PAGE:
Only in the last 10 years, one has started realising its importance as we started losing them. In the last 11 months, we have protected 9,000 hectares of mangroves and last week, I was told it has increased to 11,000 hectares. Recently, we identified areas where there are mangroves. We are also revisiting and seeing if mangroves need exclusion from protection. We have mangroves along the coast of Mumbai so we are trying to bring in as much under the Forest Act to protect it.
Why does Mumbai rank a low 37 in the Swachh Survekshan 2021?
Navi Mumbai has done very well and is ranked 4. There are some features of the Swachh survey where we need to work harder. What we are doing with Majhi Vasundara (an initiative that works with all the five elements of nature) has a part of Swachh Bharat in it, which is segregation and composting of waste. In Mumbai, we had almost 10,000 metric tonnes of emissions in 2017. By working closely with the resident associations, we have brought it down to about 6,000 metric tonnes a day. A lot of work needs to be done. A small city like Sambhaji Nagar has 4,000 metric tonnes a day, these are the cities we really need to work on and get the residents, bulk generators, commercial establishments, restaurants and hotels to work together.
You talk about decarbonising energy and transport. What is the course of action?
Decarbonising energy and transport should be our priority as a country because they are the largest contributors to carbon footprints. Also they are low hanging fruits that the country and State can achieve in a short term goal. In terms of energy it is largely to do with Centre-State relations and how we move towards renewable energy and fossil fuel energy in the next few years. As far as transport is concerned, our electric vehicle policy is one of the most dynamic policies in the world. There are incentives to the purchasers and charging stations. We are looking at decarbonising our public sector so all new vehicles that are bought, including buses, will be electric. Mumbai has just got a 2,100 electric bus bid which will make 50% of our public transport electric by 2023.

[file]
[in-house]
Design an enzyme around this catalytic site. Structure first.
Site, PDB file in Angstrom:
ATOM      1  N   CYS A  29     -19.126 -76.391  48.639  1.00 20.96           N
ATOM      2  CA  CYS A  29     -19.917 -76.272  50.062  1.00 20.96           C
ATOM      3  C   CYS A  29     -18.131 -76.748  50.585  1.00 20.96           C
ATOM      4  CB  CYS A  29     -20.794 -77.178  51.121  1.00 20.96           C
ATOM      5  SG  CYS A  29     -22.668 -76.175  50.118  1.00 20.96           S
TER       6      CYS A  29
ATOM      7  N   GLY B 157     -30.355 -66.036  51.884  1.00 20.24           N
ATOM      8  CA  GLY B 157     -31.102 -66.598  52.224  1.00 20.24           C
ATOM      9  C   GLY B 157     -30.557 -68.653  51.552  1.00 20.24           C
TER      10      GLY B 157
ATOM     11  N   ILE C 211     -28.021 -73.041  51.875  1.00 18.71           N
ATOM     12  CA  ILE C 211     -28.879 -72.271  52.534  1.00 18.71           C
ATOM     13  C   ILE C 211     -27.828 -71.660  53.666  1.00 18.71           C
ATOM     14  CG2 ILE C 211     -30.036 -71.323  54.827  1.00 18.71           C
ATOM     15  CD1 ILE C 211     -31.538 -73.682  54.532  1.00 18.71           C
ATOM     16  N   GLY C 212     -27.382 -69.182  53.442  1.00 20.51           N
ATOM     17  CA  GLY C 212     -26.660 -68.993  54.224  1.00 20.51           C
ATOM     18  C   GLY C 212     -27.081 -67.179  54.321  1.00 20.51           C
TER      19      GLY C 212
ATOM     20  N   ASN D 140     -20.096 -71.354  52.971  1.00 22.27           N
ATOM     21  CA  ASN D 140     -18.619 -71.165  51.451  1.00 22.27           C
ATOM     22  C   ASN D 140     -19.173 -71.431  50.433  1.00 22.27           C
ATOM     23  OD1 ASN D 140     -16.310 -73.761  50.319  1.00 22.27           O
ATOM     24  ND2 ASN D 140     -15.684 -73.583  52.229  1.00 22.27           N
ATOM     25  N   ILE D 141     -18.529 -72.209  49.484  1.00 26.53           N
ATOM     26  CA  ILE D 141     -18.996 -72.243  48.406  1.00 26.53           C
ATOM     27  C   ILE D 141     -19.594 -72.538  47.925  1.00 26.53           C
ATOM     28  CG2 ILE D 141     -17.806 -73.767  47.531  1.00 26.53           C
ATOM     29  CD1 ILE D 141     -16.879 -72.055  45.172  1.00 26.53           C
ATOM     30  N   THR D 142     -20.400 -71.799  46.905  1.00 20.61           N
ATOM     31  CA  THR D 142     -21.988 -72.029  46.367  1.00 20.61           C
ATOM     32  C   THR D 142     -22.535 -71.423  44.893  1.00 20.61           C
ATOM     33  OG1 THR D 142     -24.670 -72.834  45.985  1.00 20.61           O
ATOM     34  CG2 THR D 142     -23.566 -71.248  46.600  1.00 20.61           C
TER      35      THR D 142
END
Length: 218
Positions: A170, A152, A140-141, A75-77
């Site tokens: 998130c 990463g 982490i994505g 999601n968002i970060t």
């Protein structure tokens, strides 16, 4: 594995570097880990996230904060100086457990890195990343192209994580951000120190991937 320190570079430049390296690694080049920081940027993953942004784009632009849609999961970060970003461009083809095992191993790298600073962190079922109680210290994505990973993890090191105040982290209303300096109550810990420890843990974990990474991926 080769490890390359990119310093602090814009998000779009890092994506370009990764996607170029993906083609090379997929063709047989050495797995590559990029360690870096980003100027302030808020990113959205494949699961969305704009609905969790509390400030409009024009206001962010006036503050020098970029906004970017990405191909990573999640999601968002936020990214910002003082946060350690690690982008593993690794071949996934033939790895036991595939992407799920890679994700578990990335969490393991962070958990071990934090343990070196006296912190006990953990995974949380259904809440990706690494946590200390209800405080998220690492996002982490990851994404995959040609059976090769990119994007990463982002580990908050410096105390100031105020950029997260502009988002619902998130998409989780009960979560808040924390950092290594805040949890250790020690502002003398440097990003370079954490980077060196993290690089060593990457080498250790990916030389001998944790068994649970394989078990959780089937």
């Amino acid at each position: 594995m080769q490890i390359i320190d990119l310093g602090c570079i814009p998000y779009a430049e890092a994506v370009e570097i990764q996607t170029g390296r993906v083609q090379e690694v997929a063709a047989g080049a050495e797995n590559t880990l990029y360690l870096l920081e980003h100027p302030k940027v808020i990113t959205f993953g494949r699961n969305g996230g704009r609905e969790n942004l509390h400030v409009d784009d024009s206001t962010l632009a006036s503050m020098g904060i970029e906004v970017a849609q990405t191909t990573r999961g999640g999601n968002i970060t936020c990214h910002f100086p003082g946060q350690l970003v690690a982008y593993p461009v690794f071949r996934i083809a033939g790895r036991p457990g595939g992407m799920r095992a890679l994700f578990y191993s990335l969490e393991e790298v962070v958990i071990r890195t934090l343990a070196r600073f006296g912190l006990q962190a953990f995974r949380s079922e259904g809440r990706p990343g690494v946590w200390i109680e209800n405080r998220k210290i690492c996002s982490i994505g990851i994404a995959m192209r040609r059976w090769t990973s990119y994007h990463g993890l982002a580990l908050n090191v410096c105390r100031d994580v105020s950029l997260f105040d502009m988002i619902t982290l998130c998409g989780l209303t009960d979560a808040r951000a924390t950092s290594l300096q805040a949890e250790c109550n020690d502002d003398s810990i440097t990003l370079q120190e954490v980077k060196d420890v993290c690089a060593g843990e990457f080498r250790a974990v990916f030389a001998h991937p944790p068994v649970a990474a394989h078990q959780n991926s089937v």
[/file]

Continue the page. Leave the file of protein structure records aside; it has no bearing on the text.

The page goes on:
In the coming weeks, we are holding a conference with major bankers from India for Maharashtra. We keep talking about green financing at a macro level, but when it comes to moving towards a green transition, the banks need to look at micro finance and retail finance. This way we can support individuals rather than institutions.
Mumbai is looking at setting up a carbon inventory. Why do we need it and what are the advantages of having one?
When we want to move towards carbon neutrality, you need to know where the carbon emissions are from and what you can do to offset it. With 43 cities committed to the Race to Zero (a UN campaign for zero carbon recovery) from Maharashtra, we will have a carbon inventory and a greenhouse gas inventory for all the cities. We are looking at ways to offset carbon emissions, this would be either through having a carbon sync as urban forest or direct air capture, or decarbonising transport and clean constriction habits.
What can you say is tangibly achieved by the 43 cities you just mentioned?
Under Majhi Vasundara, not just in 43 cities, but all the other cities and nagar parishads, our officers have planted 2.1 million trees, cleaned 776 water bodies, installed solar pumps, changed lights to LED, moved towards electric vehicles and collated with all the five elements of nature.
We are now looking at working with NGOs, corporates and individuals, because it all comes down to awareness and habits.